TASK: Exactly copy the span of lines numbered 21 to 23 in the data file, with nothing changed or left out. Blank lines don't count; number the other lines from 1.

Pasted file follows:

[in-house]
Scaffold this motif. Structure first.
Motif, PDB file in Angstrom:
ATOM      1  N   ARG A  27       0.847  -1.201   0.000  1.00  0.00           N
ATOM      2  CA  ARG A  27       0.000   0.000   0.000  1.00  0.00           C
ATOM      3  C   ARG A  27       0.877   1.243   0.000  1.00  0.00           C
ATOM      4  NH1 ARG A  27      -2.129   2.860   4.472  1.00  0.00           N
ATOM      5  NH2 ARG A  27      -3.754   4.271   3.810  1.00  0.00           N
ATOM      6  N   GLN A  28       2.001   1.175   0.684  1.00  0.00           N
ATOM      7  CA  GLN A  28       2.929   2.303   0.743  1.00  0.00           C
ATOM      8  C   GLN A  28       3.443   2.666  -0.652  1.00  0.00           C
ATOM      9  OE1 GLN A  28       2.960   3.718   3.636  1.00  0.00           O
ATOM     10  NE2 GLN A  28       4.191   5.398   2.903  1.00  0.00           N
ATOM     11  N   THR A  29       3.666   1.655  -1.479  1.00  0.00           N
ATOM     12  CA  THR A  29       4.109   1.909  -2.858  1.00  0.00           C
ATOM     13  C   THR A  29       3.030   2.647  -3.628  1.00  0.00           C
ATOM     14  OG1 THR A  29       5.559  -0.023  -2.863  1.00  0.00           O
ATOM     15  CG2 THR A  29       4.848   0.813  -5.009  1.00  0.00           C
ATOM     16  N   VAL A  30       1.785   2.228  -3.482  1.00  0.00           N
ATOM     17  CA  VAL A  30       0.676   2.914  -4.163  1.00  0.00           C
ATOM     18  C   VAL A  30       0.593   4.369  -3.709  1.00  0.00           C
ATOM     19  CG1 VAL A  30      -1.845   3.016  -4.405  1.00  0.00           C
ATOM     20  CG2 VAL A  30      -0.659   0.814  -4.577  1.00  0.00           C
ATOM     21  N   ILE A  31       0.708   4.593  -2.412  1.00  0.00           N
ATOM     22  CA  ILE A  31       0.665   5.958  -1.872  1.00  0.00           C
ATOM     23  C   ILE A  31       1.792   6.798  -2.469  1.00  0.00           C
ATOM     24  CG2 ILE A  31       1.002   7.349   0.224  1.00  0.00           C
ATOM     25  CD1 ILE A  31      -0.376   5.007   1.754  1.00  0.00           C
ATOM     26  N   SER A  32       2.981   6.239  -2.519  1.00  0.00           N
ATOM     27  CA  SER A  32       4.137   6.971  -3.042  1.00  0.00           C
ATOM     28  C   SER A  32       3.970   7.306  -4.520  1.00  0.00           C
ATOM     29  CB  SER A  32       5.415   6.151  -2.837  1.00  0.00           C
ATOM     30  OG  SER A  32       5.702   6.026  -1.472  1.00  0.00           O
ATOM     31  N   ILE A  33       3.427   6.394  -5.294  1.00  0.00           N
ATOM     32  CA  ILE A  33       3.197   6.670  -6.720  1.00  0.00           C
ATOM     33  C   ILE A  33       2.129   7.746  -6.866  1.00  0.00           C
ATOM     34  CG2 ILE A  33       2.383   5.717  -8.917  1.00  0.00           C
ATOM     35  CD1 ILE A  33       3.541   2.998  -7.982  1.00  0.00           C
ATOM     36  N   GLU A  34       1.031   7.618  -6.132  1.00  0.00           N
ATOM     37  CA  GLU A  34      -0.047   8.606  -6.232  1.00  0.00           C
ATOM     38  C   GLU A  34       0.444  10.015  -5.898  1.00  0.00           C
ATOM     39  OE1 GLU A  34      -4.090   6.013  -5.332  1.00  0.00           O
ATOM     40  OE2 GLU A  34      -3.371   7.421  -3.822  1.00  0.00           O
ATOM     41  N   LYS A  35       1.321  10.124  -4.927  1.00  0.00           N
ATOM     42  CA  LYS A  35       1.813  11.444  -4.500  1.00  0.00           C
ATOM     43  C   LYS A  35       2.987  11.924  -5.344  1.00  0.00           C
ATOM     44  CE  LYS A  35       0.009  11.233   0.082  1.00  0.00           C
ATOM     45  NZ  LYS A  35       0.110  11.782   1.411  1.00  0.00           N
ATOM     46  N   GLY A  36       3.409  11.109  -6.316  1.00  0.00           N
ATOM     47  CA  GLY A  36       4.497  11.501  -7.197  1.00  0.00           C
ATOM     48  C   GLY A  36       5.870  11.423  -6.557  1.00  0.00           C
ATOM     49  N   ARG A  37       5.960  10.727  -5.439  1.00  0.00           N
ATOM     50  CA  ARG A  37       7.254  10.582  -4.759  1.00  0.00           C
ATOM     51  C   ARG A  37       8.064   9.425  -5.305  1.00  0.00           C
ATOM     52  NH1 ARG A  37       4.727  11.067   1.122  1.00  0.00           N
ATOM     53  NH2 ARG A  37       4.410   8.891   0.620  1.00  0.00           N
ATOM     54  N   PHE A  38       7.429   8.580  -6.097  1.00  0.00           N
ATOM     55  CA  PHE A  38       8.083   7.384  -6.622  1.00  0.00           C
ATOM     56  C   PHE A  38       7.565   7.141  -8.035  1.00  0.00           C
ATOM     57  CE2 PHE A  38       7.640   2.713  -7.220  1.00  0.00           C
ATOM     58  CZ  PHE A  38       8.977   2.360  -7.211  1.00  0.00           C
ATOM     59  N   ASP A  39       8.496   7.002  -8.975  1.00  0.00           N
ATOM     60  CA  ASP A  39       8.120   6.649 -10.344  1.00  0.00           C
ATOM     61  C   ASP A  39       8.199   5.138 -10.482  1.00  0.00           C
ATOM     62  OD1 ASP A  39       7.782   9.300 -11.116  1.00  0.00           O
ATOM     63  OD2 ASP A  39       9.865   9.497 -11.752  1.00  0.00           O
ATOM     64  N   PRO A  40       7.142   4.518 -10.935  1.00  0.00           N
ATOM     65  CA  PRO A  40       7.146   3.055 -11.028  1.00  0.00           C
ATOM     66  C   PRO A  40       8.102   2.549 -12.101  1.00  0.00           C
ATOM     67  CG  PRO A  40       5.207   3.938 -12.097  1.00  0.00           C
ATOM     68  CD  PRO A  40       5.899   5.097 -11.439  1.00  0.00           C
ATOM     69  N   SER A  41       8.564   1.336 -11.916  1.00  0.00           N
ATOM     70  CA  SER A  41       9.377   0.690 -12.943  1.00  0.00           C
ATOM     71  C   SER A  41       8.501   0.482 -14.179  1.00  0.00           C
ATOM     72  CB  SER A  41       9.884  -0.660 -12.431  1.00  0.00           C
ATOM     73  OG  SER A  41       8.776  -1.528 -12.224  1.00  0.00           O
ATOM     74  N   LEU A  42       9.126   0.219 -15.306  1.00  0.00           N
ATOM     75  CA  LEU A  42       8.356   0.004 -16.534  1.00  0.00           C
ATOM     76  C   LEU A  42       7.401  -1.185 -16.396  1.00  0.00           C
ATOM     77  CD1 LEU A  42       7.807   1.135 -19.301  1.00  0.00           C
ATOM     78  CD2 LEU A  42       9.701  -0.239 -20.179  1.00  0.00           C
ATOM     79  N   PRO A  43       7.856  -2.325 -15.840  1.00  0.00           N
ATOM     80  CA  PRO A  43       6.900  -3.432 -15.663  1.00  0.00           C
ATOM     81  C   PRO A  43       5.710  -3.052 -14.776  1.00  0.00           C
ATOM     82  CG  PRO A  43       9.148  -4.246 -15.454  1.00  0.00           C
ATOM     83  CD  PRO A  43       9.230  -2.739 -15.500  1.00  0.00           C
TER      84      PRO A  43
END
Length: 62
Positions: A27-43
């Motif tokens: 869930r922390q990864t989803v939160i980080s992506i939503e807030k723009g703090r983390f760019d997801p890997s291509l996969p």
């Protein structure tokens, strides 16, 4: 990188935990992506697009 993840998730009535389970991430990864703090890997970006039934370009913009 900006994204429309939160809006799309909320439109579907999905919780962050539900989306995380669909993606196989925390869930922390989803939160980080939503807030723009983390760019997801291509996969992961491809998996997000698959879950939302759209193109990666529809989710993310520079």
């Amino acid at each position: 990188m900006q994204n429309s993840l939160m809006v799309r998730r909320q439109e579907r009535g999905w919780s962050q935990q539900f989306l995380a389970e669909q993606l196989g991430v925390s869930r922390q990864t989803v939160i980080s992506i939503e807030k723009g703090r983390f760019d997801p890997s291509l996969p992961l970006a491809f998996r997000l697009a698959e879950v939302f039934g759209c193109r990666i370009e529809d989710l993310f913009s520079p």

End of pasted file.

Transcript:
ATOM     18  C   VAL A  30       0.593   4.369  -3.709  1.00  0.00           C
ATOM     19  CG1 VAL A  30      -1.845   3.016  -4.405  1.00  0.00           C
ATOM     20  CG2 VAL A  30      -0.659   0.814  -4.577  1.00  0.00           C